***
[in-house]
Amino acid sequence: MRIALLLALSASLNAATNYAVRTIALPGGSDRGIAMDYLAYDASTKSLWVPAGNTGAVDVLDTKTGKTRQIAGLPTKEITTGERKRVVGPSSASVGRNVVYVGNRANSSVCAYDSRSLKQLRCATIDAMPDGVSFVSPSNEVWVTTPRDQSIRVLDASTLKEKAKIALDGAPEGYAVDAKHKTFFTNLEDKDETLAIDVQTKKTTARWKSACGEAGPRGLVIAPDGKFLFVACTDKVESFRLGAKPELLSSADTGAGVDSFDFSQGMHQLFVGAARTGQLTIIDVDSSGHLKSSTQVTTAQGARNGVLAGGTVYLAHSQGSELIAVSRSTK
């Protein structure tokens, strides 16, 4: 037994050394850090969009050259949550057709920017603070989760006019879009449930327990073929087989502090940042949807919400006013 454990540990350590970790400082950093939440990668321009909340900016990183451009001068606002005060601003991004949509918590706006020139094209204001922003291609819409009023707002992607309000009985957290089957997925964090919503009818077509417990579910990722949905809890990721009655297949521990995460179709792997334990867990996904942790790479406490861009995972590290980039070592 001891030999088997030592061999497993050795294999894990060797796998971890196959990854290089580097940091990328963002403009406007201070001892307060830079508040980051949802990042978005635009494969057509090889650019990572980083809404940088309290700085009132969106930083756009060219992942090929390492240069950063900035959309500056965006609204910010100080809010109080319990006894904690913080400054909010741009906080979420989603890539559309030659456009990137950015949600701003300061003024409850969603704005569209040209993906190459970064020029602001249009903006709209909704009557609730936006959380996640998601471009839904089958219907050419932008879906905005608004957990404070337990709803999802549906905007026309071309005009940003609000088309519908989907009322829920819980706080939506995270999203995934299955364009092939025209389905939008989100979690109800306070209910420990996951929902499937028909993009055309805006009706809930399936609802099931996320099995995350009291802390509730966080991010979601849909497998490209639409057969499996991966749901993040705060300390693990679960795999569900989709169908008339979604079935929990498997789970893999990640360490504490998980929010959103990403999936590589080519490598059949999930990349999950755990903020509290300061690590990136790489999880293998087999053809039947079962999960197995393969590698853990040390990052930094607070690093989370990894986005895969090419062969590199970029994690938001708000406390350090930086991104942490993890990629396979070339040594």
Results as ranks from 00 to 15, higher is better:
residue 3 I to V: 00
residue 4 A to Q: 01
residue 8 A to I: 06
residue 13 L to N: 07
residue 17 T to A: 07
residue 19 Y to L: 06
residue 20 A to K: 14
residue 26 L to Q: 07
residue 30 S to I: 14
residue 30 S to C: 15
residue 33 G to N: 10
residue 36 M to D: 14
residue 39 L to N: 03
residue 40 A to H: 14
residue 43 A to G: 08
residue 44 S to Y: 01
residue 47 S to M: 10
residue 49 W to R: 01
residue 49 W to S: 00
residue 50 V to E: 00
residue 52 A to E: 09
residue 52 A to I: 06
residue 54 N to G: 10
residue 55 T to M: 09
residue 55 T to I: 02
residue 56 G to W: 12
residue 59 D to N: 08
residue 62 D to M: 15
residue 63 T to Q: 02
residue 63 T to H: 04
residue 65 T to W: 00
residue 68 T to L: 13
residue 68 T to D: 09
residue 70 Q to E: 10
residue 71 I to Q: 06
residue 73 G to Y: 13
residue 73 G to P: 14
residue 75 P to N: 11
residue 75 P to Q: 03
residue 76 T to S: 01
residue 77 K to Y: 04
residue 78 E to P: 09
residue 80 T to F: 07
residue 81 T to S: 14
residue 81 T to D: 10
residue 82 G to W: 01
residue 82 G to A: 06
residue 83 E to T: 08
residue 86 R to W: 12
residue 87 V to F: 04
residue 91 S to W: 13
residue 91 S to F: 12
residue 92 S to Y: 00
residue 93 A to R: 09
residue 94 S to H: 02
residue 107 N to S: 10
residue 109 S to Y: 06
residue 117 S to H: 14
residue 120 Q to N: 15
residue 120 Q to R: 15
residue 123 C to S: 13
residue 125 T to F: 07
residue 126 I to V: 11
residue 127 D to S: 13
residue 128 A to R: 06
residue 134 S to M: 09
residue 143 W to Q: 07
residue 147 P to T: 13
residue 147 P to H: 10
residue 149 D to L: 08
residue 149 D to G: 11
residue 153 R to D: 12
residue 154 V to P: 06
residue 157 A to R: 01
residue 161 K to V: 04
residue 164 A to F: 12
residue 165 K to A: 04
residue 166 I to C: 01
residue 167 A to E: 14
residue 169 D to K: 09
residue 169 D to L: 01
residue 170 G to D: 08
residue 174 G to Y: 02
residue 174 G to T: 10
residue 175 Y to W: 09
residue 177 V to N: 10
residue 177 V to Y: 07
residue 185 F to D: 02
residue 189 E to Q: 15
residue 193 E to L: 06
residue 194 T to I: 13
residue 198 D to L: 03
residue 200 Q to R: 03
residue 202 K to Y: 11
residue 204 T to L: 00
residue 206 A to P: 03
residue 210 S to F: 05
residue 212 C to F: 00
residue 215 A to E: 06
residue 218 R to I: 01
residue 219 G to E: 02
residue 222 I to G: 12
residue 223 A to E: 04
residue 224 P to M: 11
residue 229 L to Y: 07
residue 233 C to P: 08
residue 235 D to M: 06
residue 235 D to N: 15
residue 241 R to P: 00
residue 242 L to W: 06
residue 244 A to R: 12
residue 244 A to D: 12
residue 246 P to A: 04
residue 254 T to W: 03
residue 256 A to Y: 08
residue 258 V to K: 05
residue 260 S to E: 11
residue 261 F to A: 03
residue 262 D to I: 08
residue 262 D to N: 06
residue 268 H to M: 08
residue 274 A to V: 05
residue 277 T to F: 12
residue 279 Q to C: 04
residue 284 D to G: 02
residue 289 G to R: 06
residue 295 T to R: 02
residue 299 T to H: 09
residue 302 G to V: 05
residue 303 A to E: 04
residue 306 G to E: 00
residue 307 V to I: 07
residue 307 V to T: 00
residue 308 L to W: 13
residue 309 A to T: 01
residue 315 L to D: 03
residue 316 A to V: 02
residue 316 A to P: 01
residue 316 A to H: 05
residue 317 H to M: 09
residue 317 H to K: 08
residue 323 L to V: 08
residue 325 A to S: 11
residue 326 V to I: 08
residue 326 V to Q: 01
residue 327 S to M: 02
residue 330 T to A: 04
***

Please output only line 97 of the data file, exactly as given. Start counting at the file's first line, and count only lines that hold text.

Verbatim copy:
residue 200 Q to R: 03